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Post Info TOPIC: December 2011


L

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December 2011
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Mercury rise in the constellation Ophiuchus at 6:40.2 UT, 21st December, 2011. (for Scotland)



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L

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Eyes on the Sky: Dec 19 thru Dec 25



See what's up in tonight's sky for the week of Dec. 19 - Dec. 25. Spot Mercury as the planet reaches greatest elongation for the last time this year; Venus is right near two double stars that can be seen with binoculars. Jupiter remains close to M74, Saturn gets a visit from the Moon and Mars is still moving through Leo. New Moon is this week.



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L

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Earliest Sunset of the Year at 15:25.1 UT, 15th December, 2011.



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Mercury is just beginning a favourable spell of visibility low down in the SE in our morning twilight. A seen from Britain from the 13th to the 29th, it rises more than 100 minutes before the Sun and climbs to stand between 8 and 10 high thirty minutes before sunrise. Brightening from mag 0.5 to -0.4, it should become a naked-eye object and an easy binocular one if our horizon is clear. Through a telescope, its phase changes between 28% and 76% sunlit as its diameter shrinks from 8.5 to 5.9 arcsec.
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Eyes on the Sky: Dec 12 thru Dec 19

See what's up in tonight's sky for the week of Dec. 12 - Dec. 19. Venus is near M75 in the SW sky, Jupiter is close to M74, the Geminid meteor shower peaks mid-week and learn how you can find areas of the sky where exoplanets exist, including the section that the Kepler mission follows. Also, find out where you can find Mercury, Mars and Saturn tonight too.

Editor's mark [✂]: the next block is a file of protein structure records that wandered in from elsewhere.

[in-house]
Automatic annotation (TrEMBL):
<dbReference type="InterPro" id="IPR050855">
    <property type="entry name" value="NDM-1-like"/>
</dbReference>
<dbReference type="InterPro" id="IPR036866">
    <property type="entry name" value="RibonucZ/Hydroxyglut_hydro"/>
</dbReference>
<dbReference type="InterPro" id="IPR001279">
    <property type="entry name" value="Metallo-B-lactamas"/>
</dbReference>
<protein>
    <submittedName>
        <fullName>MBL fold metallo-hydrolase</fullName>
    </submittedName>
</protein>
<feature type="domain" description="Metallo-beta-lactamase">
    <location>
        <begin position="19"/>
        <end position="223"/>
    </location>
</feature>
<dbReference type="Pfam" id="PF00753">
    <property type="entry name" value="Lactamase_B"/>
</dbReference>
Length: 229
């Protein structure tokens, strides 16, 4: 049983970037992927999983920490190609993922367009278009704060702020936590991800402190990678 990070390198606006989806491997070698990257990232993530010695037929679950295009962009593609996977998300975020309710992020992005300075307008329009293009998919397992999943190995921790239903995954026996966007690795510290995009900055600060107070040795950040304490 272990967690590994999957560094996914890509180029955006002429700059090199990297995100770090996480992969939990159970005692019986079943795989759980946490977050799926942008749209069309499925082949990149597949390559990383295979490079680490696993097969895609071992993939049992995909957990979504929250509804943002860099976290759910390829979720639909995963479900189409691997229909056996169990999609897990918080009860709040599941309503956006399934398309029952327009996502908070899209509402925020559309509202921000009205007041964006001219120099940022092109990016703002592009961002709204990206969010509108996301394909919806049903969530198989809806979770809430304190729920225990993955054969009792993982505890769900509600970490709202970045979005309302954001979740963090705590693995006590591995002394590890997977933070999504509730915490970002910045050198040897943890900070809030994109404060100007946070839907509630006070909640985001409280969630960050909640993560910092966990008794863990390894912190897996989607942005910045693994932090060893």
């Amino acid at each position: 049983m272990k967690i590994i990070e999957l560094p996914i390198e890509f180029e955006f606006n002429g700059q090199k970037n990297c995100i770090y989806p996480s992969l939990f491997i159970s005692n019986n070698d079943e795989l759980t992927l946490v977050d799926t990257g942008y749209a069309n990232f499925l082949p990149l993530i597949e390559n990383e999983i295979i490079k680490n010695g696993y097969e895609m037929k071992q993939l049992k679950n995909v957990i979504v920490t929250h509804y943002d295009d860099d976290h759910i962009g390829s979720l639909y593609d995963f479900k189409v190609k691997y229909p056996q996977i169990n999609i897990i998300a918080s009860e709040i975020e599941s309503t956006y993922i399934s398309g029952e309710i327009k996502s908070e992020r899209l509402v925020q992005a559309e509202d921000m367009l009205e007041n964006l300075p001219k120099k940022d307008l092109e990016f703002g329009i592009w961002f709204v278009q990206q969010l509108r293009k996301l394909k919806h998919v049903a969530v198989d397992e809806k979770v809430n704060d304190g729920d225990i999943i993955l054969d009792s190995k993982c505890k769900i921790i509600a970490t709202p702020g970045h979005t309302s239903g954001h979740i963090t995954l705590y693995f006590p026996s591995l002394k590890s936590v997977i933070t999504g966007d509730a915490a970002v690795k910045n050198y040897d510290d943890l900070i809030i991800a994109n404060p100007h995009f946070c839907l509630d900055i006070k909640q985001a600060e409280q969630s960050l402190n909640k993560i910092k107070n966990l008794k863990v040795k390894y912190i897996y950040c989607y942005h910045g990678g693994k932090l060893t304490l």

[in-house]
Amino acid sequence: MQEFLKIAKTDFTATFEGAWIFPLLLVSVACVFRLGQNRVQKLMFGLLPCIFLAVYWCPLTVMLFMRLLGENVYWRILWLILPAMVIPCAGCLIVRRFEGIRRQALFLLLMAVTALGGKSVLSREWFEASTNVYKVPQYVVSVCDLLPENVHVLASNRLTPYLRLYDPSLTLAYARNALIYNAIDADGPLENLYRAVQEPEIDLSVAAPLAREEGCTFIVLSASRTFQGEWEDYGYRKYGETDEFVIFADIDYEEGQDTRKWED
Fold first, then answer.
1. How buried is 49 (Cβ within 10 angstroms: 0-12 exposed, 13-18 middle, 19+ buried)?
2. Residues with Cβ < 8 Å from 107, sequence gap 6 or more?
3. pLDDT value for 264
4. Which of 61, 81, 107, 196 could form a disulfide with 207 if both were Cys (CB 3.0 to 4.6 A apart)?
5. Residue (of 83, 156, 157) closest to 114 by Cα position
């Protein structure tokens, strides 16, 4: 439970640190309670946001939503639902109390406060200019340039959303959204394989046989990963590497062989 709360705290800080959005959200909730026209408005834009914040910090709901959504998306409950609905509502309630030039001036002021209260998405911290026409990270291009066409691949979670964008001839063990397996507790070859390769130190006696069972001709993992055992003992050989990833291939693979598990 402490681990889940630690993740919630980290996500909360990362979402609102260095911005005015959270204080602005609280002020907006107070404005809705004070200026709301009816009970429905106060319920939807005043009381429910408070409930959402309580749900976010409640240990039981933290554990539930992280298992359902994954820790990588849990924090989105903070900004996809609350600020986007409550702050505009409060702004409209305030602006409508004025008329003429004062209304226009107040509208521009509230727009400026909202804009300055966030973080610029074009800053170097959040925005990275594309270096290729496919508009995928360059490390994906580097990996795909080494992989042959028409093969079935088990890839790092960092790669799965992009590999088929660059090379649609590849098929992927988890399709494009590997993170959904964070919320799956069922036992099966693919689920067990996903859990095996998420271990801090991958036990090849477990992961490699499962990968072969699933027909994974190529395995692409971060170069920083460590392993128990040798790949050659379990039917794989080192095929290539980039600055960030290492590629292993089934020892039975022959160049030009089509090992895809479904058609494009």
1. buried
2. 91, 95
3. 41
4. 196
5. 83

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Uranus is Stationary, on the 10th December, 2011



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Full Moon, at 14:36.4 UT, 10th December, 2011



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This weekend, not only will there will be a Total Lunar Eclipse, but a magnificent meteor shower.
Better yet, Gladstone is a great place to see them both.
Dave Reneke, writer for the Australasian Science Magazine, said it's a night worth waiting up for.

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The almost full moon is only 3 degrees from the Pleiades on the 8th December, 2011.



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Tonight's Sky December 2011

Two prominent constellations in the December night sky represent notable individuals of ancient Greek mythology.
The great hero Perseus holds the head of Medusa the Gorgon.
Queen Cassiopeia was punished for her conceit and vanity by being tied to her throne.
Cassiopeia's "W" shape makes this constellation easy to identify.
Eta Cassiopeiae is a wonderful and colourful double star. Use binoculars or a small telescope to discern its gold and purple hues.
Lying between Cassiopeia and Perseus is the lovely Double Cluster. This pair of open star clusters is easy to see with binoculars.
Open star clusters are groups of young stars that all formed at the same time within a large cloud of dust and gas.
The Double Cluster resembles a handful of diamonds scattered on black velvet, with a ruby in between.
M103 in Perseus is another fine open star cluster with a prominent red star near the center. Its fan shape is evident in binoculars.
Yet another open star cluster in Perseus is M34, about 1,400 light-years away from us. Look for it with the naked eye or with binoculars in a dark sky.



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